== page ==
17. B. Zhao, R. Ran, M. Liu*, and Z. Shao*, A comprehensive review of Li4Ti5O12-based electrodes for lithium-ion batteries: the latest advancements and future perspectives, Materials Science and Engineering Report , 2015 | doi:10.1016/j.mser.2015.10.001
  18. F. Zheng, C. Yang*, X. Xiong, J. Xiong, R. Hu, Y. Chen, M. Liu*, Nanoscale Surface Modification of Lithium-Rich Layered-Oxide Composite Cathodes for Suppressing Voltage Fade, Angew. Chem. Int. Ed., 2015, 54, 1-6. | DOI: 10.1002/anie.201506408.
  19. Renzong Hu, Gordon Henry Waller, Yukun Wang, Yu Chen, Chenghao Yang, Weijia Zhou, Min Zhu*, and Meilin Liu*, Cu6Sn5@SnO2-C nanocomposite with stable core/shell structure as a high reversible anode for Li-ion batteries , Nano Energy , 2015 | DOI:10.1016/j.nanoen.2015.10.037
  20. X. Xiong, G. Waller, D. Ding, D. Chen, B. Rainwater, B. Zhao, Z. Wang, M. Liu*, Controlled synthesis of NiCo2S4 nanostructured arrays on carbon fiber paper for high-performance pseudocapacitors, Nano Energy, 16, 71-80, 2015 | doi:10.1016/j.nanoen.2015.06.018
  21. Liang Huang, Gordon Henry Waller, Yong Ding, Pinxian Xi, Dong Ding, Zhong Lin Wang, Meilin Liu*, "Controllable interior structure of ZnCo2O4 microspheres for high performance lithium ion batteries", Nano Energy, 11, 64-70, 2015.
  22. Xunhui Xiong, Dong Ding, Dongchang Chen, Gordon Waller, Yunfei Bu, Zhixing Wang, Meilin Liu*, "Three-dimensional ultrathin Ni(OH)2 nanosheets grown on nickel foam for high-performance supercapacitors", Nano Energy, 11, 154-161, 2015.
  23. C Yang, J Li, Y Lin, J Liu, F Chen, M Liu, In situ fabrication of CoFe alloy nanoparticles structured (Pr0.4Sr0.6)3(Fe0.85Nb0.15)2O7 ceramic anode for direct hydrocarbon solid oxide fuel cells, Nano Energy 11, 704-710, 2015.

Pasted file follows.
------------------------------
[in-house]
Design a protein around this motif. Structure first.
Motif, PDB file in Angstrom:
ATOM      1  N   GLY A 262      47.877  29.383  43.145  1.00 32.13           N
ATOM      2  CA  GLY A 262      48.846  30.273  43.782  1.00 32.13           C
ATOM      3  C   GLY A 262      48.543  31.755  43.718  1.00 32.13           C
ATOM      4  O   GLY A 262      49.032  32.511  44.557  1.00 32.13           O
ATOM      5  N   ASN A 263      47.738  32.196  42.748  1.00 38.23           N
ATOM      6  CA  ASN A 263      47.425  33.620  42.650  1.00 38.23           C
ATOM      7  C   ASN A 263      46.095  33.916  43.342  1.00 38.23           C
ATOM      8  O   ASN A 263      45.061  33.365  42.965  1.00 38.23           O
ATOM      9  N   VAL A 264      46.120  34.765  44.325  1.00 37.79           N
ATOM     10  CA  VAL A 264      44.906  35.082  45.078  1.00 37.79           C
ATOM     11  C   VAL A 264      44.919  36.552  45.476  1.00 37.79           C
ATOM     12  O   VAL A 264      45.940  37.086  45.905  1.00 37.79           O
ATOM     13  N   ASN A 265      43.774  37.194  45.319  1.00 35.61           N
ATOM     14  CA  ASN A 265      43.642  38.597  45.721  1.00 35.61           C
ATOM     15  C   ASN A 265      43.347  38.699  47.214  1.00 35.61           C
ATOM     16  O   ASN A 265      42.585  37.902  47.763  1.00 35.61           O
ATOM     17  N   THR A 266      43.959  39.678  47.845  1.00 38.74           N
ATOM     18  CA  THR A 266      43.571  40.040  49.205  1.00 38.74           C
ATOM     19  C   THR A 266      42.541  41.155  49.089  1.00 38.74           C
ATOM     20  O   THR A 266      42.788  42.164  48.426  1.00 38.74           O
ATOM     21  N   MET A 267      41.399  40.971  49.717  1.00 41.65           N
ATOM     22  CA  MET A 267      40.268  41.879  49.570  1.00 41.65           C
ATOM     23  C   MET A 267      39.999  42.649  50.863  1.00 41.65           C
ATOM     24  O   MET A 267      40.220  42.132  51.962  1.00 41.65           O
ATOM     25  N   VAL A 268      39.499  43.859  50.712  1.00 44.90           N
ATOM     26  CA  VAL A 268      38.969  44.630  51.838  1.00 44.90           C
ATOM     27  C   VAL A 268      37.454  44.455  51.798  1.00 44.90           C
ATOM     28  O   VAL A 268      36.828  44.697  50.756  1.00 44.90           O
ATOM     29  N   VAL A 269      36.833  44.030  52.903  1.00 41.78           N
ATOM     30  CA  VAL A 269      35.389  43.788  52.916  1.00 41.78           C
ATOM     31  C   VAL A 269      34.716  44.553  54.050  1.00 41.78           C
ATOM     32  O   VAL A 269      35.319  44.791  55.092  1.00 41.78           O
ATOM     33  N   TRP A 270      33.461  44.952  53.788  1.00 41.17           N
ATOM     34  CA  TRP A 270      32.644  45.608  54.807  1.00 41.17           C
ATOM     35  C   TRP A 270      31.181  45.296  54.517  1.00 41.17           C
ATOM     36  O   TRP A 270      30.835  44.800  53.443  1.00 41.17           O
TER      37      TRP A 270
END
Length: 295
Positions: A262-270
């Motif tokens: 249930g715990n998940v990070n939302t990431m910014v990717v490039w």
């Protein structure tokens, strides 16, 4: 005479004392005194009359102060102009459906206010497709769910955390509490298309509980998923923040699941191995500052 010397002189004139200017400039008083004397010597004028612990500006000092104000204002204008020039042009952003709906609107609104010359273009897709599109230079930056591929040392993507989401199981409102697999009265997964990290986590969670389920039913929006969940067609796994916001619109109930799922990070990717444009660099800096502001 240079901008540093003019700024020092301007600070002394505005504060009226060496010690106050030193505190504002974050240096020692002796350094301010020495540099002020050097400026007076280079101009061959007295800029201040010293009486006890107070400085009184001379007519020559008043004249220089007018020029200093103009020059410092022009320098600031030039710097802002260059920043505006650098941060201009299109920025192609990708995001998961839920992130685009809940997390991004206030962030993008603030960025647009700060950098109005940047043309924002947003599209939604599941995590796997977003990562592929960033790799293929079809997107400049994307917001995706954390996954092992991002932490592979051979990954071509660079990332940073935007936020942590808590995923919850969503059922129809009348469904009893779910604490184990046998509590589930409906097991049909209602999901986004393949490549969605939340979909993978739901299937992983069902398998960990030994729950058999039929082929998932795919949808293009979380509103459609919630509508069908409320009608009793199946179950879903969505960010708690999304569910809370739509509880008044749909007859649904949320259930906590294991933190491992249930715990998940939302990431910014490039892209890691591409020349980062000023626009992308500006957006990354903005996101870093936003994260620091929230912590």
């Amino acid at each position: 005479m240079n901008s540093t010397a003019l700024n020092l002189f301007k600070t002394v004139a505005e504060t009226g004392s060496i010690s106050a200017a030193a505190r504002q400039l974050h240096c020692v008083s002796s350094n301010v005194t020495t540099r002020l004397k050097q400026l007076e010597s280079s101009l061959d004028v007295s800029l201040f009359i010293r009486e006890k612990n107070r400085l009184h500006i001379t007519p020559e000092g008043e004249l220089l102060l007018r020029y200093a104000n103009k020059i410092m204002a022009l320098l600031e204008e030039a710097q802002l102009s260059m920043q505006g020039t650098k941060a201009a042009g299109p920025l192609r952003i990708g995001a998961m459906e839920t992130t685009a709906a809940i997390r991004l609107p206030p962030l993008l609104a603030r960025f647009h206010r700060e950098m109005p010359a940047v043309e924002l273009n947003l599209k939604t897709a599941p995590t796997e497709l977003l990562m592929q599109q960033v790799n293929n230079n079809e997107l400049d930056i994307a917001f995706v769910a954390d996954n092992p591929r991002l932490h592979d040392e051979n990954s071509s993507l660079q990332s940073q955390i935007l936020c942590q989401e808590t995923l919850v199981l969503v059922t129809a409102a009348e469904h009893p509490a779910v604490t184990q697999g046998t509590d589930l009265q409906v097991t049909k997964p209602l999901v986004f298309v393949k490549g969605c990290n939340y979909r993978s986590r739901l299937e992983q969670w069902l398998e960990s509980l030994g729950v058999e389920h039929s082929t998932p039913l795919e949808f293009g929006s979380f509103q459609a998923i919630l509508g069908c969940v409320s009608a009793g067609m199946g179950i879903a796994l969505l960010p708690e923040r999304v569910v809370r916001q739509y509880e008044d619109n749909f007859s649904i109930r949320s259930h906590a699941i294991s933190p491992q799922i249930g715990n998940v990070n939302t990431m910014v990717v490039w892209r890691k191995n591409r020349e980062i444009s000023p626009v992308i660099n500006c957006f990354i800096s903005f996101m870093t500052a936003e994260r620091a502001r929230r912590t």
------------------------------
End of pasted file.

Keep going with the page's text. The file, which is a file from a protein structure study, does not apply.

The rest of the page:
24. X Ji, S Cheng, L Yang, Y Jiang, Z Jiang, C Yang, H Zhang, M Liu, Phase transition–induced electrochemical performance enhancement of hierarchical CoCO3/CoO nanostructure for pseudocapacitor electrode, Nano Energy 11, 736-745, 2015. 
  25. Min-Kyu Song, Huiping Li, Jinhuan Li, Dan Zhao, Jenghan Wang, and Meilin Liu*, " Tetrazole-based, Anhydrous Proton Exchange Membranes for Fuel Cells " Advanced Materials, 2014, 26, 1277–1282. DOI: 10.1002/adma.201304121
  26. Dong Ding, Xiaxi Li, Samson Lai, Kirk Gerdes, and Meilin Liu, "Enhancing SOFC Cathode Performance by Surface Modification through Infiltration " Energy Environ. Sci, 2014, 7, 552-575. DOI: 10.1039/c3ee42926a.
  27. Xiaxi Li, Jung-Pil Lee, Kevin Blinn, Dongchang Chen, Seungmin Yoo, Bin Kang, Lawrence A. Bottomley, Mostafa A. El-Sayed, Soojin Park and Meilin Liu* , "High-temperature surface enhanced Raman spectroscopy for in situ study of solid oxide fuel cell materials" Energy Environ. Sci, (2014) 7, 306-310.
  28. WM Harris, JJ Lombardo, GJ Nelson, B Lai, S Wang, J Vila-Comamala, M. Liu, W. Chiu, Three-Dimensional Microstructural Imaging of Sulfur Poisoning-Induced Degradation in a Ni-YSZ Anode of Solid Oxide Fuel Cells, Scientific reports (2014) 4 : 5246 (2014) | DOI: 10.1038/srep05246.
  29. S Cheng, L Yang, D Chen, X Ji, Z Jiang, D Ding, M Liu, Phase evolution of an alpha MnO2 based electrode for pseudo-capacitors probed by in operando Raman spectroscopy, Nano Energy  9, 161-167 (2014) 9, 161-167 | DOI: 10.1016/j.nanoen.2014.07.008
  30. Liang Huang, Gordon Henry Waller, Yong Ding, Pinxian Xi, Dong Ding, Zhong Lin Wang, Meilin Liu*, "Controllable interior structure of ZnCo2O4 microspheres for high performance lithium ion batteries", Nano Energy, 11, 64-70, 2015.
  31. Xunhui Xiong, Dong Ding, Dongchang Chen, Gordon Waller, Yunfei Bu, Zhixing Wang, Meilin Liu*, "Three-dimensional ultrathin Ni(OH)2 nanosheets grown on nickel foam for high-performance supercapacitors", Nano Energy, 11, 154-161, 2015.